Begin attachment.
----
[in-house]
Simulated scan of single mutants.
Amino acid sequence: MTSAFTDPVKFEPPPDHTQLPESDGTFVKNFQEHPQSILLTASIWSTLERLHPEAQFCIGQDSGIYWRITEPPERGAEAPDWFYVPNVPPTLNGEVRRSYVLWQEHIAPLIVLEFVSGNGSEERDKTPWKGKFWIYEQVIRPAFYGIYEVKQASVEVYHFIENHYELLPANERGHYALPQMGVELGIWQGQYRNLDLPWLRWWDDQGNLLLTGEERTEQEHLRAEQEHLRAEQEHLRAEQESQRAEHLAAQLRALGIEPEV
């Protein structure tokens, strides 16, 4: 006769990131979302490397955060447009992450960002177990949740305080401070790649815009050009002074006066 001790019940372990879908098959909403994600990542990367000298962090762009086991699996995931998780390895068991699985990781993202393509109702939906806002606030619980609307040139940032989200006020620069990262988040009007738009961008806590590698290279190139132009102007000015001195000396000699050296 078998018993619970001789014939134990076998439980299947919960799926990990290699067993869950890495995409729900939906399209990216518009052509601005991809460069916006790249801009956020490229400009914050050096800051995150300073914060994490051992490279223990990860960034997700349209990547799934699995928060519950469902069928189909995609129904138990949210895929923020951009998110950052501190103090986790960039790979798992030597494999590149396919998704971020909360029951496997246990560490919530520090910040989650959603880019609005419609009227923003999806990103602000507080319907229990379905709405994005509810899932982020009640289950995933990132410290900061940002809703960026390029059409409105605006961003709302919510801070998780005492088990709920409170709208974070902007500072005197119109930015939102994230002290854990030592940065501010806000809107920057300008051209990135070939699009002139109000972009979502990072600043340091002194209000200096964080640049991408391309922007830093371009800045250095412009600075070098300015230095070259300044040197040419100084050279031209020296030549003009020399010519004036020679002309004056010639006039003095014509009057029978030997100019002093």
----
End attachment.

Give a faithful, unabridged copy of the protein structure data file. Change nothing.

[in-house]
Simulated scan of single mutants.
Amino acid sequence: MTSAFTDPVKFEPPPDHTQLPESDGTFVKNFQEHPQSILLTASIWSTLERLHPEAQFCIGQDSGIYWRITEPPERGAEAPDWFYVPNVPPTLNGEVRRSYVLWQEHIAPLIVLEFVSGNGSEERDKTPWKGKFWIYEQVIRPAFYGIYEVKQASVEVYHFIENHYELLPANERGHYALPQMGVELGIWQGQYRNLDLPWLRWWDDQGNLLLTGEERTEQEHLRAEQEHLRAEQEHLRAEQESQRAEHLAAQLRALGIEPEV
């Protein structure tokens, strides 16, 4: 006769990131979302490397955060447009992450960002177990949740305080401070790649815009050009002074006066 001790019940372990879908098959909403994600990542990367000298962090762009086991699996995931998780390895068991699985990781993202393509109702939906806002606030619980609307040139940032989200006020620069990262988040009007738009961008806590590698290279190139132009102007000015001195000396000699050296 078998018993619970001789014939134990076998439980299947919960799926990990290699067993869950890495995409729900939906399209990216518009052509601005991809460069916006790249801009956020490229400009914050050096800051995150300073914060994490051992490279223990990860960034997700349209990547799934699995928060519950469902069928189909995609129904138990949210895929923020951009998110950052501190103090986790960039790979798992030597494999590149396919998704971020909360029951496997246990560490919530520090910040989650959603880019609005419609009227923003999806990103602000507080319907229990379905709405994005509810899932982020009640289950995933990132410290900061940002809703960026390029059409409105605006961003709302919510801070998780005492088990709920409170709208974070902007500072005197119109930015939102994230002290854990030592940065501010806000809107920057300008051209990135070939699009002139109000972009979502990072600043340091002194209000200096964080640049991408391309922007830093371009800045250095412009600075070098300015230095070259300044040197040419100084050279031209020296030549003009020399010519004036020679002309004056010639006039003095014509009057029978030997100019002093």